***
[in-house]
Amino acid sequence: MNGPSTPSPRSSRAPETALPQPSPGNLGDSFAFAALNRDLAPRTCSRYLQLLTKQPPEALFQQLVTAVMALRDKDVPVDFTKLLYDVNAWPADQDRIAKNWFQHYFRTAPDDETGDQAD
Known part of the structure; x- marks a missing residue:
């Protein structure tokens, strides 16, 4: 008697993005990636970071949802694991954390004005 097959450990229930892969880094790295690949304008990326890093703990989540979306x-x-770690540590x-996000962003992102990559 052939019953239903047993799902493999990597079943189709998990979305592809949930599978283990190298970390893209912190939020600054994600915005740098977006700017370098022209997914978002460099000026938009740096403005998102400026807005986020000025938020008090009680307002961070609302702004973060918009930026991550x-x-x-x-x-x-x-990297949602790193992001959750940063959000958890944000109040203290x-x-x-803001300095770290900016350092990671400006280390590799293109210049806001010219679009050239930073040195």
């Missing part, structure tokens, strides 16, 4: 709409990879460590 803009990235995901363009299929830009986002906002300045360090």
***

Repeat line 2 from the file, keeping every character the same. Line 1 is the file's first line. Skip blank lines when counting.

Amino acid sequence: MNGPSTPSPRSSRAPETALPQPSPGNLGDSFAFAALNRDLAPRTCSRYLQLLTKQPPEALFQQLVTAVMALRDKDVPVDFTKLLYDVNAWPADQDRIAKNWFQHYFRTAPDDETGDQAD